CardioScape project outlines the current European CVD research and innovation landscape
CardioScape aims to outline the current Cardiovascular Diseases (CVD) research and innovation landscape across Europe. To this end, this EU-funded European Society of Cardiology (ESC) project carried out a survey during 23 months.
CVD is estimated to cost the EU economy almost €196 billion a year. The rising life expectancy coupled with adverse trends in major cardiovascular risk factors could lead to a doubling in the absolute incidence of CVD by 2050. The availability of adequate and effective funding is thus crucial to tackle the CVD burden by discovering innovative medical solutions.
The CardioScape project reveals that €876 million was awarded for CVD research in the EU between 2010 and 2012. Striking disparities exist at national level in terms of both public and private research financing. In the UK, where research funds for CVD are highest, almost € 300 million were spent over the period 2010-2012. In the same years, Finnish funders only allocated € 800 000 to cardiovascular research.
The wealthiest countries score highest in terms of funding. Regrettably, this means that the level of CVD research funding is inversely proportional to CVD mortality rates: Eastern and Central European countries, where CVD causes up to 50% of deaths have little if any funding available for cardiovascular research. For instance, in Bulgaria, Croatia, Estonia and Lithuania no funding ≥ € 100 000 per project was made available by funding bodies over the period 2010-2012.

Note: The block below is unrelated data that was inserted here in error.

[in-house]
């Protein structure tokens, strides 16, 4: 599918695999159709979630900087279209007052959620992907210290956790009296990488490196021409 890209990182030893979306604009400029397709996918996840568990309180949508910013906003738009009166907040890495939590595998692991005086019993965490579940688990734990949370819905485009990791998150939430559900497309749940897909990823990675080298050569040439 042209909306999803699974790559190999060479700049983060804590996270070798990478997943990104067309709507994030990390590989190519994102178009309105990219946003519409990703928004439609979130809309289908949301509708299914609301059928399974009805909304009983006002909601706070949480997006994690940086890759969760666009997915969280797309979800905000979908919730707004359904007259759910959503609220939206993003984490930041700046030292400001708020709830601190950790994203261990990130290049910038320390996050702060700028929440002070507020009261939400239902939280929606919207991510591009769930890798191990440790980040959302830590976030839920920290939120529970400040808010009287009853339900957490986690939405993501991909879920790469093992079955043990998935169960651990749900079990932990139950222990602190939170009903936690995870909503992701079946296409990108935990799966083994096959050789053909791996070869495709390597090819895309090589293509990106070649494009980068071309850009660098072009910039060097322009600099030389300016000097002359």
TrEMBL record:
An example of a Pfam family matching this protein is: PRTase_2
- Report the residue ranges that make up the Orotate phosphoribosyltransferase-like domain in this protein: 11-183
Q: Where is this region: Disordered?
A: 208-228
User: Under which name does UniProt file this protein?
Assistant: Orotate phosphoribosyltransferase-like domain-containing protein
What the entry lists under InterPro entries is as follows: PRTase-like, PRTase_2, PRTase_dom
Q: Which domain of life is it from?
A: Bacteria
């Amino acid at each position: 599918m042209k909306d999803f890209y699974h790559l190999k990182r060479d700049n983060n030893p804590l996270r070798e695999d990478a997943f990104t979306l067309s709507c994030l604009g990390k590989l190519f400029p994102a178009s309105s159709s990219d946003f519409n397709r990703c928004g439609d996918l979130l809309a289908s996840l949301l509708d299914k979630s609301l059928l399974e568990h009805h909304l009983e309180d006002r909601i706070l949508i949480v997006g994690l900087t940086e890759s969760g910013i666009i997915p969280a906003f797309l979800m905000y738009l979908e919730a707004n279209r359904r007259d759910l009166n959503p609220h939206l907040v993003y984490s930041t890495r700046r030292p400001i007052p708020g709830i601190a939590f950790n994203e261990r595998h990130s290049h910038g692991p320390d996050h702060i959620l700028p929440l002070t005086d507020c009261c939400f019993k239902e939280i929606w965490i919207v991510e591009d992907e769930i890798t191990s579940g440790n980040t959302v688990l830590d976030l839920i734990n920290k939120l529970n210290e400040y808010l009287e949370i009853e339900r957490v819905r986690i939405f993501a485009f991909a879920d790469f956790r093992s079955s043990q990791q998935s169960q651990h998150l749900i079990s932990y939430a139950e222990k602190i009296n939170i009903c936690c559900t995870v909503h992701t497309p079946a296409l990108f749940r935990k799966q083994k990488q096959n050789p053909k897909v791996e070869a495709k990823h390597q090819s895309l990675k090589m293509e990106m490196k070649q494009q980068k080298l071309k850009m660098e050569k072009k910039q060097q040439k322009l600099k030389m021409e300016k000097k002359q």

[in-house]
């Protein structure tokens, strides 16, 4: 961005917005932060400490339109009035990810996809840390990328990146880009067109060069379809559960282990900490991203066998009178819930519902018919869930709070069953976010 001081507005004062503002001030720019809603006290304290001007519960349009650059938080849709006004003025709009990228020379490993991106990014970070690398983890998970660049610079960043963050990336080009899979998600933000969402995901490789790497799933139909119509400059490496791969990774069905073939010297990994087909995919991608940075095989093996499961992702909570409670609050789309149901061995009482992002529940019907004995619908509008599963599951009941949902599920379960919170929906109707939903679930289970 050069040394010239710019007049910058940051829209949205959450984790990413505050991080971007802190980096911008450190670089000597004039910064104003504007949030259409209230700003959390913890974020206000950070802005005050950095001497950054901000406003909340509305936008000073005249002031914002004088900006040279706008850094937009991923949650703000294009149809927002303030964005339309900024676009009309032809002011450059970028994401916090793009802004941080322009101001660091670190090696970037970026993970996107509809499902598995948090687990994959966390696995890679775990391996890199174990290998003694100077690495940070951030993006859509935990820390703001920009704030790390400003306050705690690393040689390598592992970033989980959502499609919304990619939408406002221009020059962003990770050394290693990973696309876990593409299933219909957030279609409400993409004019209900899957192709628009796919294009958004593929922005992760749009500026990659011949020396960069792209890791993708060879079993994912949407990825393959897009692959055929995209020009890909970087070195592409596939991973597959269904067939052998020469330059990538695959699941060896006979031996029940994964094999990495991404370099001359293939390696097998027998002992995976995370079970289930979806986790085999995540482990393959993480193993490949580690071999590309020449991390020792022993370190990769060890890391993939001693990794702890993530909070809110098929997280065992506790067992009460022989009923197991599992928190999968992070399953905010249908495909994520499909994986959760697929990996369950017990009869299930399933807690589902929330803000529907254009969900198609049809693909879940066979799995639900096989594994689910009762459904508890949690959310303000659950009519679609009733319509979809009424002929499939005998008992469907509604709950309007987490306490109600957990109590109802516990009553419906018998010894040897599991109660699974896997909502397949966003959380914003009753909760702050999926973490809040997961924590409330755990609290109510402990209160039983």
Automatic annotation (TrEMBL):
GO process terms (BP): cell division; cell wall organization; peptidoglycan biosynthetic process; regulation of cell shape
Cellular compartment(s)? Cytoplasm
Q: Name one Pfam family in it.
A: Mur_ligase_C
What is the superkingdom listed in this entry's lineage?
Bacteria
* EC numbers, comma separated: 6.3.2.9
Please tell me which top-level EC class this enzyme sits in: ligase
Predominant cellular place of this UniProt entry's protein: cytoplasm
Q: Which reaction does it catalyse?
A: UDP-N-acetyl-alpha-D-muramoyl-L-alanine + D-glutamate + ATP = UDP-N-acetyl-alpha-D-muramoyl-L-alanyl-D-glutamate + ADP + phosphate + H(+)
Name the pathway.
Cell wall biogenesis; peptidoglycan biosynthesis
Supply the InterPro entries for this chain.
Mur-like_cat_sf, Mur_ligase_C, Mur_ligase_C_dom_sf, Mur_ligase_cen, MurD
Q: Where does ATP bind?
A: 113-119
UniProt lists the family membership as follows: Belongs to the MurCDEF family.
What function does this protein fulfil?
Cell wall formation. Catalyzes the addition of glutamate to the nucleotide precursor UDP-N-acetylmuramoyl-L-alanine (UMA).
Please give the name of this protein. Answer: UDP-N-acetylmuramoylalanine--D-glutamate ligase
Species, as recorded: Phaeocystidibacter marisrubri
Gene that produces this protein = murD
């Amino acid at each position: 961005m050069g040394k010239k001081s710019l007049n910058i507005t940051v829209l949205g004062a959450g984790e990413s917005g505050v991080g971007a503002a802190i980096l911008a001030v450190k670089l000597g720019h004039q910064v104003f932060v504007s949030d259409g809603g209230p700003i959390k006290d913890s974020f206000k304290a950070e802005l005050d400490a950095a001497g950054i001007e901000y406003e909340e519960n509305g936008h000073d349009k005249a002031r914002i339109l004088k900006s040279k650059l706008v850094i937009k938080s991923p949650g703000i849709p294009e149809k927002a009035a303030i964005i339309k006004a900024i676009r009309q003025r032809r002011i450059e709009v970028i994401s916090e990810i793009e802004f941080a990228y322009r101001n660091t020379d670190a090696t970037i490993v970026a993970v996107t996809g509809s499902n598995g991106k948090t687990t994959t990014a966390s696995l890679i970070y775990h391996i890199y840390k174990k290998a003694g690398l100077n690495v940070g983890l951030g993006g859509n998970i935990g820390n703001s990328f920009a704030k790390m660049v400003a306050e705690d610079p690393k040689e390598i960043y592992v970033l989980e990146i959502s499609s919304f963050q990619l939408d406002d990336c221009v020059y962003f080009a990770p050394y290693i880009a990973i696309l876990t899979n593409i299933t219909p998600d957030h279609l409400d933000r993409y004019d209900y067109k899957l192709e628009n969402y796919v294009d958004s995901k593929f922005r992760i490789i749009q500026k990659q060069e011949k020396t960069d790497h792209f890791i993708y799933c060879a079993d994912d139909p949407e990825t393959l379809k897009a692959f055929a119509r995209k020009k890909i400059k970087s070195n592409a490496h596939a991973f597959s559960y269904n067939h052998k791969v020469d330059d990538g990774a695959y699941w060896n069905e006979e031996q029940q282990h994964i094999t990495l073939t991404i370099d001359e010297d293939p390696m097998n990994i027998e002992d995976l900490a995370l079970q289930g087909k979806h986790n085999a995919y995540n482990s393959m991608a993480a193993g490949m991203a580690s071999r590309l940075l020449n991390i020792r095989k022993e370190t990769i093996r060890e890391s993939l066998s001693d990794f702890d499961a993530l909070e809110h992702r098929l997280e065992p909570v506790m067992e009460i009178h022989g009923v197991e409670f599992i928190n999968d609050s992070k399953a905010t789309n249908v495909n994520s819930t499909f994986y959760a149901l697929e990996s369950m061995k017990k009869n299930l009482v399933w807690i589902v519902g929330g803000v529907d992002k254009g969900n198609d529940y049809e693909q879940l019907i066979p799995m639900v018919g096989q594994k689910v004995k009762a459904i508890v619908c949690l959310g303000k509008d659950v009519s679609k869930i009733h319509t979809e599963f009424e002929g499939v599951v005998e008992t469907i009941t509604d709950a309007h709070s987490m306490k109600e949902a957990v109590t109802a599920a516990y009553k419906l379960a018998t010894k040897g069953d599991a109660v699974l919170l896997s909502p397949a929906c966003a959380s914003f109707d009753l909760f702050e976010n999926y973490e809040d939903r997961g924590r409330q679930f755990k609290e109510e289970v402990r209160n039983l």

CardioScape interestingly reveals that, though EU research funding represents a mere 5% of total investment by EU Member States in European R&D in all disciplines, the money spent by the EU FP7 for cardiovascular research in 2010-2012 - € 258 million – is far from being negligible and positions the European Commission among the top funding organisations in Europe together with the British Heart Foundation (€ 120 million) and the UK Wellcome Trust (€ 104 million). There are thus important complementarities between national and EU funding sources as the first support primarily research performed within national borders while the EU focuses on transnational projects.
The project also aimed to establish the extent of duplication across national research programmes, identify funding gaps that reduce opportunities for innovation, highlight areas where coordination can be improved and define future funding priorities and strategies for CVD research in Europe.
This information, together with access to the CardioScape database populated with over 2400 projects from the EU28 Countries, was made available to the public at the CardioScape conference in Brussels September 17. On this occasion, the ESC, project coordinator, together with PNO, project partner, presented the project findings along with recommendations for furthering the European research activity in this field.